Geriatric Nutritional Risk Index (GNRI) was first used to evaluate malnutrition and related morbidity and mortality in elderly patients.7 It was validated to be a simple and objective screening tool requiring serum albumin, adjusted for ideal body weight and knee height. Recent studies applied GNRI to predict outcomes of heart failure and PEW in maintenance hemodialysis patients.8,9 A wide variety of other instruments have been used for nutritional evaluation, such as the Subjective Global Assessment, Mini Nutritional Assessment-Screening Form, Malnutrition Universal Screening Tool, and Nutritional Risk Screening 2002.8 Physical performance is also an important predictor of outcomes in the elderly and frail people. Chronic kidney disease and end-stage renal disease facilitate the process of wasting before the onset of frank cachexia. The Comprehensive Dialysis Study of the United States Renal Data System investigated the frailty, dialysis initiation, and mortality in maintenance dialysis.10 However, the questionnaires, including the Research ANd Development (RAND) 12-item Short Form, 36-item Kidney Disease Quality of Life symptom scale, and Human Activity Profile via telephone interviews were subjective.10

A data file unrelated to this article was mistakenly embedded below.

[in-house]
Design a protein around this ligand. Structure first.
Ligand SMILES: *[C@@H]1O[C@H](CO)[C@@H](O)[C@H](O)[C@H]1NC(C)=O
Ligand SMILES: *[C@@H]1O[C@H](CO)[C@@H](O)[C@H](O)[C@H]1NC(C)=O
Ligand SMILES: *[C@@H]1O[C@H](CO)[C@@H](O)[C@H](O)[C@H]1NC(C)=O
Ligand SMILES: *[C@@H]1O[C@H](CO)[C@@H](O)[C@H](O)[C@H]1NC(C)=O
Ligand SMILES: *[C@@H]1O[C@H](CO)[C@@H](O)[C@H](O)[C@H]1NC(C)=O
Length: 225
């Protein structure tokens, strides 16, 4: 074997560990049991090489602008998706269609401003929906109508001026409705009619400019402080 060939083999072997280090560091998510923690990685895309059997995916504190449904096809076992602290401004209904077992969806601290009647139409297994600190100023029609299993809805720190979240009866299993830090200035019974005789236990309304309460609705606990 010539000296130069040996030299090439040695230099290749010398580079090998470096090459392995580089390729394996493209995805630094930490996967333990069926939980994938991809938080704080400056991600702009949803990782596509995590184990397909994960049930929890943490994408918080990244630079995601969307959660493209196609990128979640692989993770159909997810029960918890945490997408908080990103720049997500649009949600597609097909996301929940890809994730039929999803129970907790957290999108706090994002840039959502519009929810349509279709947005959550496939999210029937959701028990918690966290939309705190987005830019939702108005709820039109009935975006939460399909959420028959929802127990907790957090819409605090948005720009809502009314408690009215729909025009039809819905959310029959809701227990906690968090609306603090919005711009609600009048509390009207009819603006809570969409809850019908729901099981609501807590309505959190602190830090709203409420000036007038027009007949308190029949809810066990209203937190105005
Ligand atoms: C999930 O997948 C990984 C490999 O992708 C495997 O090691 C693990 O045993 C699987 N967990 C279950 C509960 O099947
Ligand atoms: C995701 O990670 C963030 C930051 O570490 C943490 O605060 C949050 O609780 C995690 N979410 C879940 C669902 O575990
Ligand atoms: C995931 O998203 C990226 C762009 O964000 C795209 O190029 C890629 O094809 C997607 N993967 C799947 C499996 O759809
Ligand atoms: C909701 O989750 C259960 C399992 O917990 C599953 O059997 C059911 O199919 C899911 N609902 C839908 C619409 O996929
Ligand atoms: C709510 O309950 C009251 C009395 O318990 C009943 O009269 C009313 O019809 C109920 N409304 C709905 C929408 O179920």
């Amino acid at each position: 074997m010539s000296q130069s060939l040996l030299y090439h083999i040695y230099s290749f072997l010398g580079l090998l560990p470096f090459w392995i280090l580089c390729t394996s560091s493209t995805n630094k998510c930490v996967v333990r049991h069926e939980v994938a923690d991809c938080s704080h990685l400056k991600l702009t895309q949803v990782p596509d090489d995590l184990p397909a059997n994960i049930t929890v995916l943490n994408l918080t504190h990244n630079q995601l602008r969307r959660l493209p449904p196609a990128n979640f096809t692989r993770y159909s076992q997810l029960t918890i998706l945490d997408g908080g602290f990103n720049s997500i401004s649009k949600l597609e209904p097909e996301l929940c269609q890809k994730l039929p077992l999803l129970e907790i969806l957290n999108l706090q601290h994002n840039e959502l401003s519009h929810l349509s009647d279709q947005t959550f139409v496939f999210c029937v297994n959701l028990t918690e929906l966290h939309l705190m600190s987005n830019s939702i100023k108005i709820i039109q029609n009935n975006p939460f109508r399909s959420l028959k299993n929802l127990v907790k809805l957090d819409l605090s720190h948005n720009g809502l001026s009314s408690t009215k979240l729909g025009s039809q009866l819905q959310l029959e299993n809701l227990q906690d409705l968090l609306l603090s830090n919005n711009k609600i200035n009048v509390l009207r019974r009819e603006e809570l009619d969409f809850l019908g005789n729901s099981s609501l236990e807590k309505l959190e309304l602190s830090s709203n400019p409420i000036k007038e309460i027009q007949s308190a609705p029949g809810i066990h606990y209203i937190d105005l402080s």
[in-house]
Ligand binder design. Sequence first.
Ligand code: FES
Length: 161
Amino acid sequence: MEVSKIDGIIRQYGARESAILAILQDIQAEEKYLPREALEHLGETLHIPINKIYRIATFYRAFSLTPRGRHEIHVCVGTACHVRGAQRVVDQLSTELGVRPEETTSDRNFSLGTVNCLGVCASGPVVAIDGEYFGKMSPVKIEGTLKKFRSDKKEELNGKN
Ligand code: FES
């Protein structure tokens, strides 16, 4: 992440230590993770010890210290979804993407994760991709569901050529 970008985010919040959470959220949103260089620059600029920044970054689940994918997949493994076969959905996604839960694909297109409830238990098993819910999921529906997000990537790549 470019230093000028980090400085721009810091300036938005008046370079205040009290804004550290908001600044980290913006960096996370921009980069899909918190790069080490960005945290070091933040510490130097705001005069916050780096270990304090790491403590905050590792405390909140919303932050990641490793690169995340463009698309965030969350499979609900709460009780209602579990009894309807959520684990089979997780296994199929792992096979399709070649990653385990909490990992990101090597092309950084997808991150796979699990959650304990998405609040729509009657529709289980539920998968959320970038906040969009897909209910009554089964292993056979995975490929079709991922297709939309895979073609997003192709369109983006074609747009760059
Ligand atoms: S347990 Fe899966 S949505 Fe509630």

Tsai et al11 applied GNRI and demonstrated its long-term predictive value in a prospective cohort of elderly patients who underwent chronic hemodialysis. The authors concluded that patients with a GNRI of < 92 at baseline had significantly increased all-cause mortality during long-term follow-up. In addition, a low body mass index but high erythropoietin resistance index and high-sensitivity C-reactive protein were correlated with a low GNRI. Those patients with a low GNRI also had a low body weight, low body mass index, low serum albumin, low hemoglobin, and high erythropoietin resistance index initially. These variables are compatible with the symptoms of PEW.